UK game companies employed 16,410 full-time employees as well as contributing £1.35 billion ($1.75 billion) in gross value added (GVA) to the local economy in 2016.
A new report from the BFI and Ukie, the trade body for the UK games and interactive entertainment industry, has revealed stats surrounding the industry by collating date from 2,100 games businesses. All data in the report relates to the fiscal year 2016, as this was the most recent complete annual dataset available
When including the indirect or induced impact on the economy as a result of video game firms, the amount of GVA rises to £2.47 billion ($3.21 billion).
In comparison, the UK fishing industry made £718 million ($935.3 million) in the same year.
London unsurprisingly is a massive generator for the UK, contributing £1.4 billion ($1.82 billion) to the UK economy alongside keeping 5,100 people in permanent work.
While 55 per cent of game development studios are based outside of London, a staggering 91 per cent of publishing positions are found in London or the South East.
Eight game hubs contributed over £60 million ($78.1 million) in GVA, including London, Slough and Heathrow, Leamington Spa. Newcastle upon Tyne, Crawley and Horsham, Edinburgh, Manchester, and Guilford.
Furthermore, 23 town and cities in the UK are home to over 20 local game businesses, with that number no doubt increasing since 2016.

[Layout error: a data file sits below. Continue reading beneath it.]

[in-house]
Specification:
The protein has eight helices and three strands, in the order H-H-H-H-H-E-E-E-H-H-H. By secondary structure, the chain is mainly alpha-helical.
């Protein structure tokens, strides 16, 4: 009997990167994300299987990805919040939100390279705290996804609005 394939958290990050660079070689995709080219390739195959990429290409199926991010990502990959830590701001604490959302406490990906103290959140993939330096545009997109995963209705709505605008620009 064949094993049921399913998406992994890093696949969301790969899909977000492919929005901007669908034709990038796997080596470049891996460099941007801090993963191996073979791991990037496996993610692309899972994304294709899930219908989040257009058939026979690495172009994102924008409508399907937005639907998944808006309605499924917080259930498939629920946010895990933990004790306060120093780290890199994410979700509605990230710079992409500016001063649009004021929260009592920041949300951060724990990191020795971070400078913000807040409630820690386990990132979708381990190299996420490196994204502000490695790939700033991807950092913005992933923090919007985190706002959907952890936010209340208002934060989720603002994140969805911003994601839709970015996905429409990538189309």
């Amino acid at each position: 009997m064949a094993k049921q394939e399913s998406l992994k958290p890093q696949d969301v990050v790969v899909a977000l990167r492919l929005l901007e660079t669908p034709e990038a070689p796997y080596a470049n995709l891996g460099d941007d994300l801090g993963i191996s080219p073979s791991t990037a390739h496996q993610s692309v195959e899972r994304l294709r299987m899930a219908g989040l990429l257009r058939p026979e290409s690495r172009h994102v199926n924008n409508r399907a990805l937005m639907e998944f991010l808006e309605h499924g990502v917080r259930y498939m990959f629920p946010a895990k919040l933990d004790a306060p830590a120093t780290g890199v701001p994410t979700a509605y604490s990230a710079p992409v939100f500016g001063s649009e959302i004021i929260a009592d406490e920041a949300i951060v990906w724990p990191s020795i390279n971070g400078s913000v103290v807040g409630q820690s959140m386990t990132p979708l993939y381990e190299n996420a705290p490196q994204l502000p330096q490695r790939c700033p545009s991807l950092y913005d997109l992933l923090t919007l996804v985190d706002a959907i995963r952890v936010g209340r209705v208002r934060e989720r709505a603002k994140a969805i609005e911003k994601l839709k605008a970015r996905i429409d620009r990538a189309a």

Venturing outside of London shows that the North West, East of England, West Midlands and Scotland recruits over 1000 full-time employees in development studio roles. Scotland itself features three major hubs that accumulated £131 million ($170.6 million) in GVA.
The vast majority of UK game companies are officially considered SMEs (small to medium enterprises) at 99.5 per cent. This means that each employs less than 250 people, equating to a collective contribution of £1.6 billion ($2.08 billion) in GVA.
On the other hand, the largest firms hire more than 250 people, contributing £840 million ($1.09 billion) in GVA and accounting for 4,200 people or 26 per cent of the industry's workforce
"This report demonstrates how the UK games industry's regional strength is delivering a hugely positive economic return," said Ukie chair Stuart Dinsey.
"Towns and cities of all sizes share in the high productivity jobs, commercial growth and cultural contribution that our sector offers. While UK games businesses are successful on the global stage, the direct benefits of their pioneering creative work are felt across the country."
Former footballer Rio Ferdinand recently teamed up with Ukie for a parental control awareness campaign in video games.
Previous to this, The BGI Charity and the National Videogame Museum became official members of Ukie.